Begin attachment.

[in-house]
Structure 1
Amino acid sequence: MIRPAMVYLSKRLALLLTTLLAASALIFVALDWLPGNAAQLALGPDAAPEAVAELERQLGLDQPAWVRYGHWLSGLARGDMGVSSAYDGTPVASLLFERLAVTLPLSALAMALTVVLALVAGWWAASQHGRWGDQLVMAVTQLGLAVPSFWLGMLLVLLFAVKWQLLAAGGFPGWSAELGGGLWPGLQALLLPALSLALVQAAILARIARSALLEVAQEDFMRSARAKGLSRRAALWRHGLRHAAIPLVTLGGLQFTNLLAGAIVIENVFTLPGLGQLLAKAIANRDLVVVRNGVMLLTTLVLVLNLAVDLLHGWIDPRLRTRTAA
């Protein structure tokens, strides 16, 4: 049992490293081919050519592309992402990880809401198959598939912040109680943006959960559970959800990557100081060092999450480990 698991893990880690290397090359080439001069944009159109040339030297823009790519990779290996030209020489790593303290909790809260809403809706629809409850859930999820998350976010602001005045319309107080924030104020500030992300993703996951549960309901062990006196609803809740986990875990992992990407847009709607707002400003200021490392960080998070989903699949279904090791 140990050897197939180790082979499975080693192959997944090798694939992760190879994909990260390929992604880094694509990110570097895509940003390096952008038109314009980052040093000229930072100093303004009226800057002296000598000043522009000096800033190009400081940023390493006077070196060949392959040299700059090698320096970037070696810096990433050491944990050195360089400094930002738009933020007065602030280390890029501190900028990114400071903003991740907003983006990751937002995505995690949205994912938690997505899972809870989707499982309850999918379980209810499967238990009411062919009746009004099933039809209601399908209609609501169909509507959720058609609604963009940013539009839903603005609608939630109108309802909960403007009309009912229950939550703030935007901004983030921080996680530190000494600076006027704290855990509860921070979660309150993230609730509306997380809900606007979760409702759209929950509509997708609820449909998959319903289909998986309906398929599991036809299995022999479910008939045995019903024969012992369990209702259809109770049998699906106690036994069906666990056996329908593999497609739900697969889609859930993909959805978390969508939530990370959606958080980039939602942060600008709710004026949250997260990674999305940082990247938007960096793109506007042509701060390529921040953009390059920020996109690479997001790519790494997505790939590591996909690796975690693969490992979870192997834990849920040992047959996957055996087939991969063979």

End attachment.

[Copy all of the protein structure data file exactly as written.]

[in-house]
Structure 1
Amino acid sequence: MIRPAMVYLSKRLALLLTTLLAASALIFVALDWLPGNAAQLALGPDAAPEAVAELERQLGLDQPAWVRYGHWLSGLARGDMGVSSAYDGTPVASLLFERLAVTLPLSALAMALTVVLALVAGWWAASQHGRWGDQLVMAVTQLGLAVPSFWLGMLLVLLFAVKWQLLAAGGFPGWSAELGGGLWPGLQALLLPALSLALVQAAILARIARSALLEVAQEDFMRSARAKGLSRRAALWRHGLRHAAIPLVTLGGLQFTNLLAGAIVIENVFTLPGLGQLLAKAIANRDLVVVRNGVMLLTTLVLVLNLAVDLLHGWIDPRLRTRTAA
């Protein structure tokens, strides 16, 4: 049992490293081919050519592309992402990880809401198959598939912040109680943006959960559970959800990557100081060092999450480990 698991893990880690290397090359080439001069944009159109040339030297823009790519990779290996030209020489790593303290909790809260809403809706629809409850859930999820998350976010602001005045319309107080924030104020500030992300993703996951549960309901062990006196609803809740986990875990992992990407847009709607707002400003200021490392960080998070989903699949279904090791 140990050897197939180790082979499975080693192959997944090798694939992760190879994909990260390929992604880094694509990110570097895509940003390096952008038109314009980052040093000229930072100093303004009226800057002296000598000043522009000096800033190009400081940023390493006077070196060949392959040299700059090698320096970037070696810096990433050491944990050195360089400094930002738009933020007065602030280390890029501190900028990114400071903003991740907003983006990751937002995505995690949205994912938690997505899972809870989707499982309850999918379980209810499967238990009411062919009746009004099933039809209601399908209609609501169909509507959720058609609604963009940013539009839903603005609608939630109108309802909960403007009309009912229950939550703030935007901004983030921080996680530190000494600076006027704290855990509860921070979660309150993230609730509306997380809900606007979760409702759209929950509509997708609820449909998959319903289909998986309906398929599991036809299995022999479910008939045995019903024969012992369990209702259809109770049998699906106690036994069906666990056996329908593999497609739900697969889609859930993909959805978390969508939530990370959606958080980039939602942060600008709710004026949250997260990674999305940082990247938007960096793109506007042509701060390529921040953009390059920020996109690479997001790519790494997505790939590591996909690796975690693969490992979870192997834990849920040992047959996957055996087939991969063979």